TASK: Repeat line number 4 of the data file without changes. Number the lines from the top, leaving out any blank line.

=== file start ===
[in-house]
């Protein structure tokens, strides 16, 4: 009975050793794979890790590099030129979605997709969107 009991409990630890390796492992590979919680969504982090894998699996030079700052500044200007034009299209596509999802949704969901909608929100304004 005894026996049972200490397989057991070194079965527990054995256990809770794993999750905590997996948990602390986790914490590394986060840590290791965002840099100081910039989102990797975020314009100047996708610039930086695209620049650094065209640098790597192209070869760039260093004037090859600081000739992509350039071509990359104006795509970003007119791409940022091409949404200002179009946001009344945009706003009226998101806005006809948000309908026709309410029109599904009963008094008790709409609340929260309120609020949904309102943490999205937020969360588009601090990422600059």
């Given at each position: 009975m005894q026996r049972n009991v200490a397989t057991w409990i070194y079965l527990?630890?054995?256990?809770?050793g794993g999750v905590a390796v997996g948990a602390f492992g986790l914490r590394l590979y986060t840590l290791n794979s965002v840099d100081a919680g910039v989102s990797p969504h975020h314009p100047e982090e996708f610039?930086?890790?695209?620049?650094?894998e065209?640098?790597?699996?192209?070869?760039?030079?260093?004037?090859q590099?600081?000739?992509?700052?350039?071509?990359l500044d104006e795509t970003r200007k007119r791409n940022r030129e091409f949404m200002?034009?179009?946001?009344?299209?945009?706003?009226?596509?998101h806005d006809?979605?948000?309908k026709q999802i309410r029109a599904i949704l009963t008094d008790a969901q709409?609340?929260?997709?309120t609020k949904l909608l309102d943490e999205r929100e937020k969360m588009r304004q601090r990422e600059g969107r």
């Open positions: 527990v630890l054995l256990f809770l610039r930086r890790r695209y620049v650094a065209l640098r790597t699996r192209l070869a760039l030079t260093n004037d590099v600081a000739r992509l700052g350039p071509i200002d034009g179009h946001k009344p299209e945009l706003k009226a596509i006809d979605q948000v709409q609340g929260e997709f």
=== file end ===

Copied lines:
């Open positions: 527990v630890l054995l256990f809770l610039r930086r890790r695209y620049v650094a065209l640098r790597t699996r192209l070869a760039l030079t260093n004037d590099v600081a000739r992509l700052g350039p071509i200002d034009g179009h946001k009344p299209e945009l706003k009226a596509i006809d979605q948000v709409q609340g929260e997709f």